Budget 2016: Education spending plans outlined

Budget 2016: Education spending plans outlined

By Evelyn Ring and Stephen Rodgers

From next September every child in Ireland will be able to start pre-school at age three and remain there until they start primary school.

Children will also be able to enrol in pre-school at three different times in the year – September, January and April.

Currently, children are only eligible for a year's pre-school (38 weeks) through the Early Childhood Care and Education (ECCE) programme.

Minister for Children and Youth Affairs, Dr James Reilly, said that in line with the expansion of free pre-school, capitation payments to providers would be restored to pre-2012 levels.

Around 67,000 children, about 95% of eligible children, have been participating in the ECCE programme each year.

It is reckoned that the extension the free childcare year will increase the number of children benefitting from free preschool to over 127,000 in a given year.

An extra 2,200 teachers will take up the bulk of an extra €144m available in 2016 to Education Minister Jan O'Sullivan.

They will reduce primary and second-level pupil-teacher ratios, but mainly ensure schools keep up with growth in numbers of pupils, and in those with special needs. But while welcomed by schools and teacher groups, all said these must be the first steps in reversing many years of education cuts.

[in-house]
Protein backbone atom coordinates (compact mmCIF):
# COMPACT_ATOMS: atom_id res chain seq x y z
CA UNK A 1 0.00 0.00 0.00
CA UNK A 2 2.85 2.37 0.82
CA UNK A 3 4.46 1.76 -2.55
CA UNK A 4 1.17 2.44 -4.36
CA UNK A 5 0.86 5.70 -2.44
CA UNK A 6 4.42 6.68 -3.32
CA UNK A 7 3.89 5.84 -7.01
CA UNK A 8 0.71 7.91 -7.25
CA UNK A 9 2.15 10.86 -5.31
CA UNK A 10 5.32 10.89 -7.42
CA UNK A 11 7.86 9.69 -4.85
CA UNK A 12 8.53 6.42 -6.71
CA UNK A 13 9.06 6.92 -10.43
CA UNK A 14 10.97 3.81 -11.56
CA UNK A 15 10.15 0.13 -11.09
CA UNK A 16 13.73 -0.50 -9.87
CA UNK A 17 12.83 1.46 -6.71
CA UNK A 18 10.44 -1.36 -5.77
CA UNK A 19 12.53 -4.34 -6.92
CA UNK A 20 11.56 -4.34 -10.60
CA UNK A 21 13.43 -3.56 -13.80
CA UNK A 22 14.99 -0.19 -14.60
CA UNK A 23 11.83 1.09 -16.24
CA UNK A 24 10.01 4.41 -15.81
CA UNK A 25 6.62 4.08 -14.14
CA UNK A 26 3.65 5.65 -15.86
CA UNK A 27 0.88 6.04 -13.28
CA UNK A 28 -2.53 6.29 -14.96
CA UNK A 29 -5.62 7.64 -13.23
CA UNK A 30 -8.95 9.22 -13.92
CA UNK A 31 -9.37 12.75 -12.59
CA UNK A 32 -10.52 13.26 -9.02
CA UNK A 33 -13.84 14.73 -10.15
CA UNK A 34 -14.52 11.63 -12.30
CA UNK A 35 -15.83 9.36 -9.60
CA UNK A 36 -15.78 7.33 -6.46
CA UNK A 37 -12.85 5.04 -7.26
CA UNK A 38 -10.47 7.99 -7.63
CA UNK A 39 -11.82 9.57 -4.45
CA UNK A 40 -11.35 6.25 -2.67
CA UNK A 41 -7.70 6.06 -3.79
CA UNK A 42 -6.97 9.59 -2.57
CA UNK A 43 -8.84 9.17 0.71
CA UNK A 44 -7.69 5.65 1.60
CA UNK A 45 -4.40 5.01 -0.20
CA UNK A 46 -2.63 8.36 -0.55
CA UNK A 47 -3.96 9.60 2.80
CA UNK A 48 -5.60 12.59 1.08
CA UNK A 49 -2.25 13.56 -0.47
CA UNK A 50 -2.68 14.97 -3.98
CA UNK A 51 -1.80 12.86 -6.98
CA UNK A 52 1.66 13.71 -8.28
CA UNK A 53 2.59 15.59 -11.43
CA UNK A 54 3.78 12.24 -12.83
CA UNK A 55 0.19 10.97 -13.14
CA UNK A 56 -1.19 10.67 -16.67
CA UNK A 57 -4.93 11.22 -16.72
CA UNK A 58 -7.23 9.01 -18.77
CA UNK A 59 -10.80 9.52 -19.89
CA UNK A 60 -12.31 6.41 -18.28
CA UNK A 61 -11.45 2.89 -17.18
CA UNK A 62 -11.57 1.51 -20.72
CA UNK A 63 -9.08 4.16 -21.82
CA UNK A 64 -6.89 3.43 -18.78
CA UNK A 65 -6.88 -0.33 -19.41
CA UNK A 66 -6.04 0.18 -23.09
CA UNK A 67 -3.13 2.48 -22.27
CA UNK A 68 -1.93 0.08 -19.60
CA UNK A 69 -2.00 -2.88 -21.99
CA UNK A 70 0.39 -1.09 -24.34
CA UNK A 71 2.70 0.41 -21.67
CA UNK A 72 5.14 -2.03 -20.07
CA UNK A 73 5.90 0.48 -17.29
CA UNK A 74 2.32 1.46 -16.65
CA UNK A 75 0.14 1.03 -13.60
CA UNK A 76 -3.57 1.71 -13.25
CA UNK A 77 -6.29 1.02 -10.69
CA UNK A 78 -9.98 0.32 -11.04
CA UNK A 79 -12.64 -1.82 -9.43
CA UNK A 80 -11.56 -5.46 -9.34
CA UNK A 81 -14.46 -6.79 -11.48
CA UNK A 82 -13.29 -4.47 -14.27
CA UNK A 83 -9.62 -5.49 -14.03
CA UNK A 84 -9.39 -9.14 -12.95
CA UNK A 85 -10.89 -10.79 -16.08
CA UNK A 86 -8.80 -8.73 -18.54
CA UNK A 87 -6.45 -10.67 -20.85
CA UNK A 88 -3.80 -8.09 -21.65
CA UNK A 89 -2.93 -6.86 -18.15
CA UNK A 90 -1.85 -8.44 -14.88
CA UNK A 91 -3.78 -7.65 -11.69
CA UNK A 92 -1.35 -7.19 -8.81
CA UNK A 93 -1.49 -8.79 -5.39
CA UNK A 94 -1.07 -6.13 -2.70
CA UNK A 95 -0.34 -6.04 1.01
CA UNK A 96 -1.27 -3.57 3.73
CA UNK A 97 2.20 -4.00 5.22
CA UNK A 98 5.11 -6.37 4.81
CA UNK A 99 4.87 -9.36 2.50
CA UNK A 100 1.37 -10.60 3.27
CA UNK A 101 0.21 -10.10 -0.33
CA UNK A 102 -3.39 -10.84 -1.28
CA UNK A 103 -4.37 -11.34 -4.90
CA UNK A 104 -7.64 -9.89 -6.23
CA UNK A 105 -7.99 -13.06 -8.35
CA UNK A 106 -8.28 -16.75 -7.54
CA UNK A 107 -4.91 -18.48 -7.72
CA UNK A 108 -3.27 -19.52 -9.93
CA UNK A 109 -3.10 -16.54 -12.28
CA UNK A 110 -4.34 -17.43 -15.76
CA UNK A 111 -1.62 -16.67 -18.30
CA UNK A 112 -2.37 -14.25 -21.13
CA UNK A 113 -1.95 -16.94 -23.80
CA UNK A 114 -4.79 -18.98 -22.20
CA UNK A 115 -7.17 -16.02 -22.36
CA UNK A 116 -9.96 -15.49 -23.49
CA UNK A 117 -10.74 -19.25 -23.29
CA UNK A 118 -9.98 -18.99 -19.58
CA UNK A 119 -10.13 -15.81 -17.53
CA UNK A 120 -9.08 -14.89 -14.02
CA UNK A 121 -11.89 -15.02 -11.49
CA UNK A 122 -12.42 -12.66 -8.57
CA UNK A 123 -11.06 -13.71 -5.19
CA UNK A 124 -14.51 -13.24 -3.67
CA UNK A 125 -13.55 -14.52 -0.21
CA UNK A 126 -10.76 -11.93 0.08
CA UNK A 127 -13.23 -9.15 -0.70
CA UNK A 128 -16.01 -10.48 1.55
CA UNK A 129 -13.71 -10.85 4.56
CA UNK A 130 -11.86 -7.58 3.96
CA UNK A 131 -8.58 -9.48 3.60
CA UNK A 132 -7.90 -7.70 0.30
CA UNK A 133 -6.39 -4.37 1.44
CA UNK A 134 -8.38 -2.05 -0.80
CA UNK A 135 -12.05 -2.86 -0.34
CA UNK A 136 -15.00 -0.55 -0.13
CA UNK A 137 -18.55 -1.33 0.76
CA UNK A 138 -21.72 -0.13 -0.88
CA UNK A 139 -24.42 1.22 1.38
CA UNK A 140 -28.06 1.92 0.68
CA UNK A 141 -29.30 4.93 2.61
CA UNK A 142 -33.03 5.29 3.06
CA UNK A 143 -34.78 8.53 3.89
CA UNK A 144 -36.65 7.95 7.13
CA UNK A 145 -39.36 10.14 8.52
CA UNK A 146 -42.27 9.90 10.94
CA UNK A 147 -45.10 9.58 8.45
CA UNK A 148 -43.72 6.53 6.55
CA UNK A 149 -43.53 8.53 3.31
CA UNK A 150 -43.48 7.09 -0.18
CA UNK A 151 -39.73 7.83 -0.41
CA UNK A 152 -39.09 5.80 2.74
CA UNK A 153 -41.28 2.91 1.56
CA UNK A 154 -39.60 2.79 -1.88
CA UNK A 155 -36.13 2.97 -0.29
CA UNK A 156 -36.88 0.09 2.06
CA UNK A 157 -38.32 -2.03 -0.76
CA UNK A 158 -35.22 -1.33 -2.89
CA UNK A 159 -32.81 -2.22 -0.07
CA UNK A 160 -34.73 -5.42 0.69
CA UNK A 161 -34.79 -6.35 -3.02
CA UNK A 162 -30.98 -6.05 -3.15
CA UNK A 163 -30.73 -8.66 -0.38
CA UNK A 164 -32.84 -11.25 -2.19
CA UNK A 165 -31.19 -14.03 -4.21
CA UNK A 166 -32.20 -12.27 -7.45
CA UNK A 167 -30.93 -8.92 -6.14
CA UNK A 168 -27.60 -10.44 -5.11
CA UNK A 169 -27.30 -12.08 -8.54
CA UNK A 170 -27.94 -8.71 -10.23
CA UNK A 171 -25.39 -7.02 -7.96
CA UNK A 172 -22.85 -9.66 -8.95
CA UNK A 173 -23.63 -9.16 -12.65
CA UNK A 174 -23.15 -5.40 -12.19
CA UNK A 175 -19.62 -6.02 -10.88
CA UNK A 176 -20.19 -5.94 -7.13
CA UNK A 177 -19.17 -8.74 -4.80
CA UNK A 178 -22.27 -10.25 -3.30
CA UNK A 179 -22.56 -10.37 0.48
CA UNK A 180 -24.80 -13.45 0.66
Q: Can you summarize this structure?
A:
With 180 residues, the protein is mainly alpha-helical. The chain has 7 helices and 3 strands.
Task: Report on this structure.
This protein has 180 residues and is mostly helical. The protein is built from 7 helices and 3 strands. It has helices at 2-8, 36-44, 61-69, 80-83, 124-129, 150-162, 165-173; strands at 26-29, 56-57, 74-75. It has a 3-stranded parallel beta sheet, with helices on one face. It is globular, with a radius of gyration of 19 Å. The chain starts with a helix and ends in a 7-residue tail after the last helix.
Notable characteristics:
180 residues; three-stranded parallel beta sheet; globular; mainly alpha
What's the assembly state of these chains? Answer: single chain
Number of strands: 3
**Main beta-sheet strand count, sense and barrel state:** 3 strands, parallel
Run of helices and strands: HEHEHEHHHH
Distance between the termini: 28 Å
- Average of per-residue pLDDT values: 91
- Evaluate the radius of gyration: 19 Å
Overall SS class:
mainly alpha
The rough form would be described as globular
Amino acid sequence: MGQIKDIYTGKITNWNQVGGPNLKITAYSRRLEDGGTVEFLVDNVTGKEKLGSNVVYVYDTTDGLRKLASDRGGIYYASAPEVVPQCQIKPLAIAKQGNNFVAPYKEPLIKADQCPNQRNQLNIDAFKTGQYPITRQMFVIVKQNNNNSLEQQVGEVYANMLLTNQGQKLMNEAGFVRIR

Almost two-thirds of the 2,260 extra teachers - around 1,400 - are to meet enrolment increases at primary and second levels.

They include 600 extra resource teachers to cater for more children with disabilities, but at the same reduced levels of individual allocation as in recent years.

An extra 300 teachers will help reduce primary class sizes, seeing the mainstream pupil-teacher ratio fall from 28:1 to 27:1 in September. In a nod to the looming election, the Labour Party minister said the measure will begin the process of putting an end to classes of over 30 children.

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